As with every big Apple product launch, iFixIt has given the new 2012 iMac the teardown treatment. Unfortunately, it only receives a repairability score of 3 out of 10. Most of this is attributed to the difficulty level of replacing common items such as RAM or a hard drive. This time around, it's no easy task.
EPEAT recently announced that Apple's retina MacBook Pro meets their gold standard when it comes to environmental standards. This begs the question of how Apple managed this considering the retina MacBook Pro is the least repairable device many have seen in decades? EPEAT surrendered to Apple and actually changed their standards in order for Apple to qualify.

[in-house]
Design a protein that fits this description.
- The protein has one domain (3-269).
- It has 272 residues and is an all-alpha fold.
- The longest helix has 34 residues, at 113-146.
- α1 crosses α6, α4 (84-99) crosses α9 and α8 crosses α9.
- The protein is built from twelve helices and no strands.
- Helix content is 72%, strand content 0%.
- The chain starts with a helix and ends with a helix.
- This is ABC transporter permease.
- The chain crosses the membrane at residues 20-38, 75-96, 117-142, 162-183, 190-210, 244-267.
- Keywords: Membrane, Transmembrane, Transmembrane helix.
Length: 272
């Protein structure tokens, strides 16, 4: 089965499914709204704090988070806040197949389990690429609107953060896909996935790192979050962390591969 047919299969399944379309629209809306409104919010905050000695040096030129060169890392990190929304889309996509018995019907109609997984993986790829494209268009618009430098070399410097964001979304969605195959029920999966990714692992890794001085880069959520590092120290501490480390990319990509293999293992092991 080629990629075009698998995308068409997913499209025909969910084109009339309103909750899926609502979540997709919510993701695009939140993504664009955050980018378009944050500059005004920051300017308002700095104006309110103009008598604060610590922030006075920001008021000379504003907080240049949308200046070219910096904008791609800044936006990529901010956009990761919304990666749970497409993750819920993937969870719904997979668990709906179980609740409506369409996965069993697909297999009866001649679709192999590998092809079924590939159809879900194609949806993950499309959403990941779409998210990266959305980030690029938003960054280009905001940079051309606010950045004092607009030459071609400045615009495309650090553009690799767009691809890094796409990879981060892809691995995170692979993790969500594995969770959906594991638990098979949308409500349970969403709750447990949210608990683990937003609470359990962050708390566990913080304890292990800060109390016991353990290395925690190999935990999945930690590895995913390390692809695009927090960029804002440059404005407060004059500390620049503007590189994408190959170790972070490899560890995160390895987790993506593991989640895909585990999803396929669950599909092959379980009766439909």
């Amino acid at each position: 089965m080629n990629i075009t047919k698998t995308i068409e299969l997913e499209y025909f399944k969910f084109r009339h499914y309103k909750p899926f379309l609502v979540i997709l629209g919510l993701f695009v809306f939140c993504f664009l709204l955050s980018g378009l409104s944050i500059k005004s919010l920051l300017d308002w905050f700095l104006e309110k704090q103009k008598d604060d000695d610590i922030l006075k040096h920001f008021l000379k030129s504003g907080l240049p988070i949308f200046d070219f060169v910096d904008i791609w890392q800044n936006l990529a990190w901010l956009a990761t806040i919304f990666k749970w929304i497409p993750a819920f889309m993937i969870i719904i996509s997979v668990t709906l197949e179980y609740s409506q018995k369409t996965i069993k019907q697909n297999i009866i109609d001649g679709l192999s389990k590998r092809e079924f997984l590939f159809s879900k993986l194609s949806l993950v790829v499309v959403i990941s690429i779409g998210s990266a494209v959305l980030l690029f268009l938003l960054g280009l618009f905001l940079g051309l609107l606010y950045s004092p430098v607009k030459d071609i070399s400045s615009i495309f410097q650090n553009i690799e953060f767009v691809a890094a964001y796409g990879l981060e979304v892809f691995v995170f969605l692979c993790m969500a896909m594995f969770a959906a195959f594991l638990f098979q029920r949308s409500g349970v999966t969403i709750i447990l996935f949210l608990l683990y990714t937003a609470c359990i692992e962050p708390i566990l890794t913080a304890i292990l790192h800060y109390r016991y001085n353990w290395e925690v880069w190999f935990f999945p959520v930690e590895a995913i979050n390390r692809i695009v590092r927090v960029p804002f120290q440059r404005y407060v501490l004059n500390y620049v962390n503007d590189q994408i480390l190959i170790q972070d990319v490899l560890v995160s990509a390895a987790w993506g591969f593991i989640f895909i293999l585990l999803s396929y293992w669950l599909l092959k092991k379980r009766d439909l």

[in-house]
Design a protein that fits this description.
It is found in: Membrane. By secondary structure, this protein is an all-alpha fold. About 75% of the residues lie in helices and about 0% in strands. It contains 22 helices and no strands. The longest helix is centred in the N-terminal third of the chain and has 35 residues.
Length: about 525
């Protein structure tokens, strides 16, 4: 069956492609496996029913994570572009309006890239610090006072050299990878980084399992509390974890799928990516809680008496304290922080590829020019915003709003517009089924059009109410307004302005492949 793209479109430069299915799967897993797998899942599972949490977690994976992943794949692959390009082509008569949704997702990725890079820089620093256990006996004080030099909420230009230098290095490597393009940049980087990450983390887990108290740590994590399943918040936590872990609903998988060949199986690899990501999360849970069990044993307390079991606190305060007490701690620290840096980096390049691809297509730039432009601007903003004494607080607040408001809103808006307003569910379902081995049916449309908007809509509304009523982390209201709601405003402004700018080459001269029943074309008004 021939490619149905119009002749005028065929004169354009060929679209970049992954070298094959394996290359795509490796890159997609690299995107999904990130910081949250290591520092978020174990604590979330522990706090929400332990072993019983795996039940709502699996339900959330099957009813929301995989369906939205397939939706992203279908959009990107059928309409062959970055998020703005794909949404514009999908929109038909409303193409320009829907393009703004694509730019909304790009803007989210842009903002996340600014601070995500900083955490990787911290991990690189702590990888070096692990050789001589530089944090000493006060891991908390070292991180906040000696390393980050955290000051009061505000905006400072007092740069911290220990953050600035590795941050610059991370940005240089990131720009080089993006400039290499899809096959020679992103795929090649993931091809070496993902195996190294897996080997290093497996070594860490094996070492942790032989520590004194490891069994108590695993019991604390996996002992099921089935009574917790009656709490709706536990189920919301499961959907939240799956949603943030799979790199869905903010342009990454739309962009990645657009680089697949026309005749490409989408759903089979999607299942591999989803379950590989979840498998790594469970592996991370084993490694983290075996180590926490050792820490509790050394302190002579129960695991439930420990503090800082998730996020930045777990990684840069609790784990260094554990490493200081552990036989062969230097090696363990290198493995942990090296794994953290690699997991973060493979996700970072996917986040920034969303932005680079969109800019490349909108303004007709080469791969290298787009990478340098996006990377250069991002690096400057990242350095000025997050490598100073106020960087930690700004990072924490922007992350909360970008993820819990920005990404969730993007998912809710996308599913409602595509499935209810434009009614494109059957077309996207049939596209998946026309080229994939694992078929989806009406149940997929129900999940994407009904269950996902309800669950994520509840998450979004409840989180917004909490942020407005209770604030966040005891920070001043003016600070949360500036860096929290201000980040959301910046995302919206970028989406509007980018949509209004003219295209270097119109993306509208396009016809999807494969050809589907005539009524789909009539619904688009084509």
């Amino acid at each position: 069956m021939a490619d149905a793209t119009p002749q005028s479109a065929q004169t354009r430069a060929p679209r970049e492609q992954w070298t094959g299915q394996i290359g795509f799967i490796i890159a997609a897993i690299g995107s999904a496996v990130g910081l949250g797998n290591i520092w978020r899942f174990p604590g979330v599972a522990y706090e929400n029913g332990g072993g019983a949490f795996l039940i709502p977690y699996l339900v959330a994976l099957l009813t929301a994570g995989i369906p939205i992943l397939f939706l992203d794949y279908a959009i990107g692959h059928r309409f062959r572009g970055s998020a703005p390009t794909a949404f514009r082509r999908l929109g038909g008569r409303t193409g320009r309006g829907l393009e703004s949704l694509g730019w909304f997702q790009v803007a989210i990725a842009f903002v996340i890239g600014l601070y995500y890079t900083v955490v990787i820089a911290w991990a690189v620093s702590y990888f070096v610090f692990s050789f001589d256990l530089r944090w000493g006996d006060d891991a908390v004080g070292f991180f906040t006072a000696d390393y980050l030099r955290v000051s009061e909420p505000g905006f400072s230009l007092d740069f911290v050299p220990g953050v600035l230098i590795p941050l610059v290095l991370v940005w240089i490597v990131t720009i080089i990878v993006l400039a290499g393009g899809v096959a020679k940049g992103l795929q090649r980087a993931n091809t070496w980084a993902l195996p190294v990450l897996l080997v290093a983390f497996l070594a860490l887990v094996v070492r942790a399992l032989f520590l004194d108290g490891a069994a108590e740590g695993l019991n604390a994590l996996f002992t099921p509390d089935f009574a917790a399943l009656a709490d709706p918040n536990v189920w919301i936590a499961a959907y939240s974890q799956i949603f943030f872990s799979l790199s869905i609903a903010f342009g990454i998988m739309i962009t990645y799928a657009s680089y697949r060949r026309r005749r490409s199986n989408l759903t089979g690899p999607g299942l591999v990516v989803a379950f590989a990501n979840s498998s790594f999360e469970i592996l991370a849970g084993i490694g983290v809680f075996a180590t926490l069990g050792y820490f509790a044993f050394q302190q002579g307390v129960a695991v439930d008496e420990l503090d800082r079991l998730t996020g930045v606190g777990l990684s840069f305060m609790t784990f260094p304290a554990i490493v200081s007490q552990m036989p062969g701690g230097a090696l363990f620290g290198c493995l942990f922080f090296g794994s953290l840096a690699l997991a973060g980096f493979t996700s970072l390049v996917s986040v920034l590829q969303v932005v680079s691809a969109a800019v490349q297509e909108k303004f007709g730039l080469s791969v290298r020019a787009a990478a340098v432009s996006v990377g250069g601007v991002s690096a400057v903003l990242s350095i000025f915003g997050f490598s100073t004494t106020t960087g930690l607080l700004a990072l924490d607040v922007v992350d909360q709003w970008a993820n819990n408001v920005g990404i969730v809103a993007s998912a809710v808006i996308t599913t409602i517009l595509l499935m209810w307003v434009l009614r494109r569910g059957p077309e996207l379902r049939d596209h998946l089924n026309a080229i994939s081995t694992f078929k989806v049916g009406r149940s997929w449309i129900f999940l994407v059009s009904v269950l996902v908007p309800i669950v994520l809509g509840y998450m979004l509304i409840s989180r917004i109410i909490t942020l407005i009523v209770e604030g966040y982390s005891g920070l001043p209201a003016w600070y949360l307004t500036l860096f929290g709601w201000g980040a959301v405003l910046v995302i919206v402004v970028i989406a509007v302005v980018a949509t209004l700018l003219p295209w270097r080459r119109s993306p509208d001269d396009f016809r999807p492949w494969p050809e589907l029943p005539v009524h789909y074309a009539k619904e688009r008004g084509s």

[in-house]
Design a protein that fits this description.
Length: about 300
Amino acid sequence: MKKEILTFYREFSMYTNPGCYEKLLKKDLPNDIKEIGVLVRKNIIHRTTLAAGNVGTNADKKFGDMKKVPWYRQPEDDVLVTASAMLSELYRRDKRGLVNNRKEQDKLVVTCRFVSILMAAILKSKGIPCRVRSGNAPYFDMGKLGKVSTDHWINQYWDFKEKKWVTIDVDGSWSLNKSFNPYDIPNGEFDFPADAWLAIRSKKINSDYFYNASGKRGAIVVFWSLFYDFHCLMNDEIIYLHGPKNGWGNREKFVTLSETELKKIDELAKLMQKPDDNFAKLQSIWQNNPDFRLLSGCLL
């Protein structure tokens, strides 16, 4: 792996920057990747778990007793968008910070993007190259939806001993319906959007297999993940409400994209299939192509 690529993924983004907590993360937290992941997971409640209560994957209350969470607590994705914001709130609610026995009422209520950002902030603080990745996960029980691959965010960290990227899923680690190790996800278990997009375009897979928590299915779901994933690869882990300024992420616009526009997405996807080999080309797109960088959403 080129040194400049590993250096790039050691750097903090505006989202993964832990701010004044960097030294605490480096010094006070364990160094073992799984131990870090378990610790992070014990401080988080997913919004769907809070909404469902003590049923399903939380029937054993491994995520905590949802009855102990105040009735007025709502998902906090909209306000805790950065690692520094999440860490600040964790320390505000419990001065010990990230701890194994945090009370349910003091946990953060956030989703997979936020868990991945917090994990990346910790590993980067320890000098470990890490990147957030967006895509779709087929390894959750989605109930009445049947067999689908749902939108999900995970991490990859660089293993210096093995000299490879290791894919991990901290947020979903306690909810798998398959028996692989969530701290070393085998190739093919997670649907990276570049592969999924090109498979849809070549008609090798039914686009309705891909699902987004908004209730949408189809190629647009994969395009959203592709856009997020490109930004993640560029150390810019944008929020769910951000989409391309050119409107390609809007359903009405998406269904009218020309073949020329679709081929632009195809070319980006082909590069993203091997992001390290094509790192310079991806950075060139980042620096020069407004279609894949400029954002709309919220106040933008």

We've already seen the iPod touch 5 torn down so it's only fair that the iPod Nano 7 get the same treatment. Since the iPod nano is quite bit larger than its predecessor, it makes repairability a little more economical and realistic, but not by much.
Now that we've seen some complete teardowns of the iPhone 5, we can better judge what it'll be like when it comes to repairability. More than that, the changes shown in the iPhone 5 design may shed some light on where Apple's heading with the future of iOS product design.